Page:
Hackers striking vaccine-linked manufacturers: 5 things to know

Large manufacturing companies that produce medications and vaccines linked to the COVID-19 pandemic are being targeted by ransomware hackers, The Hill reported Nov. 22.

Five things to know:

1. The Bioeconomy Information Sharing and Analysis Center, or BIO-ISAC, said Tardigrade malware has been detected after a ransomware attack on a major manufacturing facility earlier this year that wasn't named. Tardigrade was detected in an attack on another facility in October.

2. "We’re still learning more about this as time goes on, but because it was clear that spread was still active, this is an active threat, and a significant threat, we wanted to accelerate disclosure," Ed Chung, MD, CMO at BIO-ISAC member and biomedical company BioBright, told The Hill.

3. Researchers told The Hill that efforts were similar to attacks made by a hacker group tied to Russia. The malware seems to be tailored to these companies, and it is difficult to detect and purge.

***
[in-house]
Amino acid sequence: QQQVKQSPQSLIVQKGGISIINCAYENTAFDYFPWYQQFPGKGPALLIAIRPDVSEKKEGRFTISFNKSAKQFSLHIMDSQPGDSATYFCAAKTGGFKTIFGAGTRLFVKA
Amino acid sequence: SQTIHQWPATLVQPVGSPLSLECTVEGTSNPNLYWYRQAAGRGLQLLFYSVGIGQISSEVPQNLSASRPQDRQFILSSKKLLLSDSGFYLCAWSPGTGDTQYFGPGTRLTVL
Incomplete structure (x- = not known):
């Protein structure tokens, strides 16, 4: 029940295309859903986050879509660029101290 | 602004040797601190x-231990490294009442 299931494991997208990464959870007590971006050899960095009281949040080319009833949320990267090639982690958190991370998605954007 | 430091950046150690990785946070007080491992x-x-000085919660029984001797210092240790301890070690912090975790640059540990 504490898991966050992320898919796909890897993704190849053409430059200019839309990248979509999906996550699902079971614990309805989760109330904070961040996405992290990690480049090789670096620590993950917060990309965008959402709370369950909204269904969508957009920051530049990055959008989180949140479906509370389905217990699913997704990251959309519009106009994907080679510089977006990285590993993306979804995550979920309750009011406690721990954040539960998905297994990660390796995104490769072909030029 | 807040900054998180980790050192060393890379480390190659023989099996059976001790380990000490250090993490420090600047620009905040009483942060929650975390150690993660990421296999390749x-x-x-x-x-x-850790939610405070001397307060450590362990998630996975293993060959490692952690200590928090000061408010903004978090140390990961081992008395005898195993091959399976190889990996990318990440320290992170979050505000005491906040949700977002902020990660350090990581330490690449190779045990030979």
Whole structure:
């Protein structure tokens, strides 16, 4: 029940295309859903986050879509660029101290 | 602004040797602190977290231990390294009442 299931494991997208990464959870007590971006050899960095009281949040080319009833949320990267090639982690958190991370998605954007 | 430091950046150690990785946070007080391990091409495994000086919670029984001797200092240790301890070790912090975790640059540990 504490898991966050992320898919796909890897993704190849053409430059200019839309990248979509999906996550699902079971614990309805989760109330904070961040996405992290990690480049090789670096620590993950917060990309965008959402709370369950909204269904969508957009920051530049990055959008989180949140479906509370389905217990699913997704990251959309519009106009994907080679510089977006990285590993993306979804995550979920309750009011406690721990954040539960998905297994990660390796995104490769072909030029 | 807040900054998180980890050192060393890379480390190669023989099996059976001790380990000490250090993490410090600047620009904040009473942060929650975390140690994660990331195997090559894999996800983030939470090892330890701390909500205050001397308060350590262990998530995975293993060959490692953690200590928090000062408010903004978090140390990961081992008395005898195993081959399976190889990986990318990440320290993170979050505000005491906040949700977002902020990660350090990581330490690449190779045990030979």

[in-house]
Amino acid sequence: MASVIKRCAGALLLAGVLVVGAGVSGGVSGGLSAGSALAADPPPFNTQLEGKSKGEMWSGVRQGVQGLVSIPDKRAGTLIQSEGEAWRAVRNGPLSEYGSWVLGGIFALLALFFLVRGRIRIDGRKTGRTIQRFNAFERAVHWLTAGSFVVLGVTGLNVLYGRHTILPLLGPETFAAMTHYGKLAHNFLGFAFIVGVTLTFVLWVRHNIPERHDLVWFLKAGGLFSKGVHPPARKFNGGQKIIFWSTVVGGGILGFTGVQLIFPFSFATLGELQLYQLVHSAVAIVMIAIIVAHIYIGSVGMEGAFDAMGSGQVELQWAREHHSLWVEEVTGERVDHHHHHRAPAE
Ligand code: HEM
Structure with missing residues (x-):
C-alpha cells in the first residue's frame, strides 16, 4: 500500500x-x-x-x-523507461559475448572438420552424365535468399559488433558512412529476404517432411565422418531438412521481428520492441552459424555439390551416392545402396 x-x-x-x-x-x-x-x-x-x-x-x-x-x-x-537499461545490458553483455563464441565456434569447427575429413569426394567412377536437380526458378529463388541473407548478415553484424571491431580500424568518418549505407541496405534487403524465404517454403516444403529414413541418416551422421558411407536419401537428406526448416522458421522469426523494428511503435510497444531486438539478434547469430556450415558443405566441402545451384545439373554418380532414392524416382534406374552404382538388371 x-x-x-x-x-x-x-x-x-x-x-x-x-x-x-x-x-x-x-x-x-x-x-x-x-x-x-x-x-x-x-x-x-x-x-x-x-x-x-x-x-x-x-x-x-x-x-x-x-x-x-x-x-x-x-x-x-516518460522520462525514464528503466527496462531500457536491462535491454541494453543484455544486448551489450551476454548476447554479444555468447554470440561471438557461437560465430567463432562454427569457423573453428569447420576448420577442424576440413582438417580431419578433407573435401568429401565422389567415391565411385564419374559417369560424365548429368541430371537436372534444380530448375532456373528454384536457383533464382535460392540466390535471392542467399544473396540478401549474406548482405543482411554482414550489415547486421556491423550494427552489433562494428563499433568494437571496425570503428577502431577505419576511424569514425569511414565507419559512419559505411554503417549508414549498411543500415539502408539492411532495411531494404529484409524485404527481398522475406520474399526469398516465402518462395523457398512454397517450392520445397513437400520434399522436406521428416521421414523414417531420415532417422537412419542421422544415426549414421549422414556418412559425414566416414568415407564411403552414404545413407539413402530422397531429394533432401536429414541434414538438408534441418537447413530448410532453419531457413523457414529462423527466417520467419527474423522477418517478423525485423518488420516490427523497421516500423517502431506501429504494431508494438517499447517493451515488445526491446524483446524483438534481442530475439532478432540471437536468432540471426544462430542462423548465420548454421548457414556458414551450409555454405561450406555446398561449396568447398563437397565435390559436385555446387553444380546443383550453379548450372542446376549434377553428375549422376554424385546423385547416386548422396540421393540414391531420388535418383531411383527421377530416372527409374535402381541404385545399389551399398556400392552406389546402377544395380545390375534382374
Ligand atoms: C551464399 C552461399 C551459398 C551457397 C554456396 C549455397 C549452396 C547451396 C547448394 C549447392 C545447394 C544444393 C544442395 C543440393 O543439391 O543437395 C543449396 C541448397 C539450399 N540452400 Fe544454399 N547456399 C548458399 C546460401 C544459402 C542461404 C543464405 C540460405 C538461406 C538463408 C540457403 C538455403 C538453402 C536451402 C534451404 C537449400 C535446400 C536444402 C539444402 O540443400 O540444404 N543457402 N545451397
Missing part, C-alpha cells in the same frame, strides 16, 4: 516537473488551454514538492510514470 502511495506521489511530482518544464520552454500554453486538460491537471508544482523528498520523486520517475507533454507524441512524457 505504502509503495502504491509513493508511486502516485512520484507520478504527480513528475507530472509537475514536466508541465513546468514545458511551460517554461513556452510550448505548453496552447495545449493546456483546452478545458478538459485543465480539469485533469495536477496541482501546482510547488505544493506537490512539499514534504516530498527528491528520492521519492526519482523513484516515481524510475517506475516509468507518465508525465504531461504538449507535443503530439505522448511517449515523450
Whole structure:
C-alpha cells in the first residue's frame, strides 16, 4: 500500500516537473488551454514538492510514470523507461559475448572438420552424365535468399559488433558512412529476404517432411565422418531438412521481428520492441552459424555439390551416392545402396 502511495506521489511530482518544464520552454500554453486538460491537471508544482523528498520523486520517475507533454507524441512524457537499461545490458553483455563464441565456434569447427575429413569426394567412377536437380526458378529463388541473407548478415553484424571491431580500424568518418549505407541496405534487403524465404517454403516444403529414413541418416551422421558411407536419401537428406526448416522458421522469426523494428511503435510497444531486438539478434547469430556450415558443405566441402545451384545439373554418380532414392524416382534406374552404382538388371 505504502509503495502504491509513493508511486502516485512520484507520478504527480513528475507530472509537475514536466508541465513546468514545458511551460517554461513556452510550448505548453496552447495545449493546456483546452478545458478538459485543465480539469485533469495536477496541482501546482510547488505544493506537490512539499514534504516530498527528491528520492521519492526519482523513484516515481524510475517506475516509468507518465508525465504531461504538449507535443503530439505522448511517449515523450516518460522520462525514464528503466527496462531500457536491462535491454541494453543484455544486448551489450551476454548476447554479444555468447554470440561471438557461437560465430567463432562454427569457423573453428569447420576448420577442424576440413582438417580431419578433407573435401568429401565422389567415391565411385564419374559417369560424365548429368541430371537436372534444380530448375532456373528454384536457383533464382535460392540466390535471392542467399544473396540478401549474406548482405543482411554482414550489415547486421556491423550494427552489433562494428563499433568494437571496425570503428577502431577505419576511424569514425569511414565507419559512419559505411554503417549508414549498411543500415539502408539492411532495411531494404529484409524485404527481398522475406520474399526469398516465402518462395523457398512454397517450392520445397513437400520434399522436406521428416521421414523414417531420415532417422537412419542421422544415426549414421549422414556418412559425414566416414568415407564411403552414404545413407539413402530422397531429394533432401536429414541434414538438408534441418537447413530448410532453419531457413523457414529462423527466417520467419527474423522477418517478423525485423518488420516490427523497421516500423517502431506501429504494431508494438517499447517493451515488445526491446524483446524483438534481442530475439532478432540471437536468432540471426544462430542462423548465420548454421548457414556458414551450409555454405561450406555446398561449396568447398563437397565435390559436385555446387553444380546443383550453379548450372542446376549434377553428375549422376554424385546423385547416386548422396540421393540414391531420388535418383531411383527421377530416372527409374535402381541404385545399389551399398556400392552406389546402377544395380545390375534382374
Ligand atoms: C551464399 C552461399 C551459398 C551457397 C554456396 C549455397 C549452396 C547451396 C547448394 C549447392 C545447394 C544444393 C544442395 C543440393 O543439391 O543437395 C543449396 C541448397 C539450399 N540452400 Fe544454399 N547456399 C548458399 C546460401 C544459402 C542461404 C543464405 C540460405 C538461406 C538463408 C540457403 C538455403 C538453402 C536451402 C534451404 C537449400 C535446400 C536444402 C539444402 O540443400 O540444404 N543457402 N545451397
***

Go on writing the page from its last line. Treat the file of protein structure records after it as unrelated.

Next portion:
4. BIO-ISAC said Nov. 22 that companies should train employees to look out for possible attacks and review social media posts of employees for vaccine manufacturing to determine potential targets of a phishing attack. The organization also recommended companies review their networks.

5. Vaccine makers have been hit by hackers in the past. The European Medicines Agency confirmed Jan. 12 that some of its data related to Moderna and Pfizer's COVID-19 vaccines and treatments have been leaked on the internet by hackers. Moderna, Pfizer and BioNTech confirmed that certain documents relating to regulatory submissions for their COVID-19 vaccines had been stored on the EMA server that was inappropriately accessed.


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